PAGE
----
Lessons learned from 18 year olds

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I’m currently one of five professors teaching a business course to first year/first quarter undergraduates. This course is unique in that it’s a combination of business 101 while tasking students with creating an mobile app based business. (Details can be found here.) A winning team is selected from each class and those teams then go on to compete in the bonus round with a eight angel investors to see if they can get some funding.  I’ve been impressed by the drive that many of these 18 year olds have. They’re all very smart but it’s the drive that sets them apart. As you’d expect, there are some things that I’ve learned from this experience.

Most apps are a business – This class challenges students to come up with a business model with an app that helps them execute on the strategy. It became quickly apparent that if these students could write code, they’d be creating these apps as tools for themselves and not worrying so much about making money. (I’ve used the metaphor of smartphone as a Swiss Army knife before – which would metaphorically make the apps a tool – and this became more true for me during the competition.)

Being 18 years old, does NOT mean you’re a sophisticated mobile user  The vast majority of my students had never heard of Foursquare or many of the apps we discussed. They did know about Instagram, Twitter and Pinterest. AND hearing about it doesn’t mean they were on those apps. They’re good at texting and making calls. Yawn.

Context will be baked into all apps within 5 years – It’s hard to imagine there will be an app in five years that won’t be contextually aware. As I talked about in my last post context can be thought of as:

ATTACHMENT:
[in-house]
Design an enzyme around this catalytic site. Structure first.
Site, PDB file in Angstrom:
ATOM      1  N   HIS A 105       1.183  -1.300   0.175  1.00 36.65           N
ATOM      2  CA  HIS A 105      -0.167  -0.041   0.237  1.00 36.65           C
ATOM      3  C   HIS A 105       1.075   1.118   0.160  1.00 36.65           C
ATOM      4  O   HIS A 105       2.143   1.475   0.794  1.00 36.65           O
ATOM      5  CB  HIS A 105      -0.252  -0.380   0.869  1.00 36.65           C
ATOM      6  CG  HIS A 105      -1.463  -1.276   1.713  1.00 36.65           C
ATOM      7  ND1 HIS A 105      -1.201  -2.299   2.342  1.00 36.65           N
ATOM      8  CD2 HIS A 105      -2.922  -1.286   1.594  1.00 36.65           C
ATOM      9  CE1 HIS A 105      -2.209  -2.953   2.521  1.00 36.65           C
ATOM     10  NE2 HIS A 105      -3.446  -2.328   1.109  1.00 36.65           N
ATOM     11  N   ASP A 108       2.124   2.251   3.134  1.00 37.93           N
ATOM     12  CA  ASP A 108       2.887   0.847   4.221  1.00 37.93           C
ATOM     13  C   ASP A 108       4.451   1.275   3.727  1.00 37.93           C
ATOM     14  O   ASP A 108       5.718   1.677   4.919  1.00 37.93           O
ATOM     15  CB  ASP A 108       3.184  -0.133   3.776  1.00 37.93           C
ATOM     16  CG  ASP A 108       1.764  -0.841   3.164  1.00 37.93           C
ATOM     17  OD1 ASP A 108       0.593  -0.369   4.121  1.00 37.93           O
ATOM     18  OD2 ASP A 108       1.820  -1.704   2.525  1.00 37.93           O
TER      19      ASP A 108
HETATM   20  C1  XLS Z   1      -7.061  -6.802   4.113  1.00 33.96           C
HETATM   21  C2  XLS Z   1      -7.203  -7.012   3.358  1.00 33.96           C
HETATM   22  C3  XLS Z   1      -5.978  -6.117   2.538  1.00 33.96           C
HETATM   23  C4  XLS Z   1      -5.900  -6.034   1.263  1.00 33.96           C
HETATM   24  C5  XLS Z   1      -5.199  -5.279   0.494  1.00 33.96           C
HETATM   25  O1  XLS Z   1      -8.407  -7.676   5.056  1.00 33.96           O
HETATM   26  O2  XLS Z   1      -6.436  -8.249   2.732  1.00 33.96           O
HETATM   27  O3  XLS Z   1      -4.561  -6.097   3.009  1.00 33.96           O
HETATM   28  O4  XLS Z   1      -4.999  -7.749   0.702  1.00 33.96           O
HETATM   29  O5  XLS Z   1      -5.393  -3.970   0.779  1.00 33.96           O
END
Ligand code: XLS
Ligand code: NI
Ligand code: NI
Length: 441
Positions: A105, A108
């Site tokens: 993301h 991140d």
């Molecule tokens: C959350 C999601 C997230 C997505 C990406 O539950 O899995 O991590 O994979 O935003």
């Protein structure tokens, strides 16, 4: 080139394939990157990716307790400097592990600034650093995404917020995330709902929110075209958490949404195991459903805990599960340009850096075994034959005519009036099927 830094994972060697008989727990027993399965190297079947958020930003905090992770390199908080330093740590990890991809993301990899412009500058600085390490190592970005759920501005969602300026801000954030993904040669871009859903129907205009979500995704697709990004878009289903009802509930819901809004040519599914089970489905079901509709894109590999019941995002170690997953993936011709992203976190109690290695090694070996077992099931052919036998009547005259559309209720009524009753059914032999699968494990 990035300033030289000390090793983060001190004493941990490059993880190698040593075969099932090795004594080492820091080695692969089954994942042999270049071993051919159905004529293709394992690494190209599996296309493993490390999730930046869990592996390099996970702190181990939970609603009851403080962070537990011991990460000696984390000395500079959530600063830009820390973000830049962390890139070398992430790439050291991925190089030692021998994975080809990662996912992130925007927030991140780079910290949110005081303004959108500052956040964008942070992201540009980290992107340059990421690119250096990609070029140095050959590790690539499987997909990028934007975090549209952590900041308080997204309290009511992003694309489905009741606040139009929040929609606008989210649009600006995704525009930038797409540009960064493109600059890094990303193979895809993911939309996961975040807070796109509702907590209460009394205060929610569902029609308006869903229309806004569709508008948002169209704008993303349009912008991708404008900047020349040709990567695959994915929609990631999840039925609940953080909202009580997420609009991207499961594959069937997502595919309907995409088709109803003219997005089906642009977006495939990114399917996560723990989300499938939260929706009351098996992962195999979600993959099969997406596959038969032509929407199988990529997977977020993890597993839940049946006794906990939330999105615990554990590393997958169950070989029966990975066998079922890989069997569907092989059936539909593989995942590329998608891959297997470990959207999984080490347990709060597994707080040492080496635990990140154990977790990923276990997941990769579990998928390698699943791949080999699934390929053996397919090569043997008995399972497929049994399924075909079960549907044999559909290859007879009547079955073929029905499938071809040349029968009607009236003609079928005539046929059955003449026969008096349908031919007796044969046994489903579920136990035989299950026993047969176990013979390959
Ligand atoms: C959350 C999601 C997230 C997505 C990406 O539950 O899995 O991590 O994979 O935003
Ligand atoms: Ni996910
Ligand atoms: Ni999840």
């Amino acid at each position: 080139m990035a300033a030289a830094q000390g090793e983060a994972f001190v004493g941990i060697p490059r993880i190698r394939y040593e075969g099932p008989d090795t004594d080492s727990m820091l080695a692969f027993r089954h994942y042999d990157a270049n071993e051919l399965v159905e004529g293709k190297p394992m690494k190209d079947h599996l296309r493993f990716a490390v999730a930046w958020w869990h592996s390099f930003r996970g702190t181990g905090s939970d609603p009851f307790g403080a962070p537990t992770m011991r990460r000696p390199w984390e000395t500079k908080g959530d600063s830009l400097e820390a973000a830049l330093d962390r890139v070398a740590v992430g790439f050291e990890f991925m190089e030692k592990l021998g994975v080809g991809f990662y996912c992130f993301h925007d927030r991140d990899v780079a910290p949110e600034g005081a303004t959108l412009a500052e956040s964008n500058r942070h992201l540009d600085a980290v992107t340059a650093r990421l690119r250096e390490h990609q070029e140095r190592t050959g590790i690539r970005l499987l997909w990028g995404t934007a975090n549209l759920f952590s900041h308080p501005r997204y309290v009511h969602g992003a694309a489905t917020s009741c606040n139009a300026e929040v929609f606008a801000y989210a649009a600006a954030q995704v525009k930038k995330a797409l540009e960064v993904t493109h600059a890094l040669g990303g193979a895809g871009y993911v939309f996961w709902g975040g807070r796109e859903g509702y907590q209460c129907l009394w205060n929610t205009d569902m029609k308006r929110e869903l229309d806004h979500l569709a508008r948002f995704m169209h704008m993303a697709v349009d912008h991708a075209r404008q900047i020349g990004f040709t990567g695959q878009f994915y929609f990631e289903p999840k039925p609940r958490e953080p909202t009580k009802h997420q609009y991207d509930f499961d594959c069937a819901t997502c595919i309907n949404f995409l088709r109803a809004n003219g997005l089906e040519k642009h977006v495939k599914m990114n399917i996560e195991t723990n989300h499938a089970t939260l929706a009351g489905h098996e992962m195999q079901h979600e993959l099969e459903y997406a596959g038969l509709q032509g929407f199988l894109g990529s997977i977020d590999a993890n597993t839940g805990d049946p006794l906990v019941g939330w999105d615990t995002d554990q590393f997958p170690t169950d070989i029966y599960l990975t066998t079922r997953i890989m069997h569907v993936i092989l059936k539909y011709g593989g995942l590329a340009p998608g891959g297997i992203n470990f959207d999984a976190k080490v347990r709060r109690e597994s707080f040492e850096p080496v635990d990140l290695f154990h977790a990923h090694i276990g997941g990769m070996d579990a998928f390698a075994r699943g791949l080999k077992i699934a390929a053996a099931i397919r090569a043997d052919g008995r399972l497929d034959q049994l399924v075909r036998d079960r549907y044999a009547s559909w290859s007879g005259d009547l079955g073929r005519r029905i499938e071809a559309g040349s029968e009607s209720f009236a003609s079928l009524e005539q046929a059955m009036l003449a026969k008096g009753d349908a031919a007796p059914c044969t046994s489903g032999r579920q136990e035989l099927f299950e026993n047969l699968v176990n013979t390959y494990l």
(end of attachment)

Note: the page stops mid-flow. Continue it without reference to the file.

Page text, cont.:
• Who you are
  • Where you are
  • What time is it
  • Have you shared your intent (via Twitter, Facebook, etc)

If an app isn’t aware of those items, it will be severely limited.

Freemium is the way to go – You won’t get rich off of ads, with 70,000 impressions getting you enough money to buy a large pizza. But the annoyance of ads will drive up subscription totals. (Just don’t make them so annoying that no one uses the app.

By Michael Myers

I am an Associate Professor of Digital Marketing at the Daniels College of Business, University of Denver. I also consult with startups and established brands. I'm currently focused on artificial intelligence, cognitive neuroscience and culture. I am married to an amazing woman and have two incredible children. I was raised in Colorado and spend my free time with family, biking, snowboarding and going to the Pacific Ocean to SCUBA dive and/or surf. I'm passionate about architecture, design, street art, photography and the art that tattooing has evolved into.

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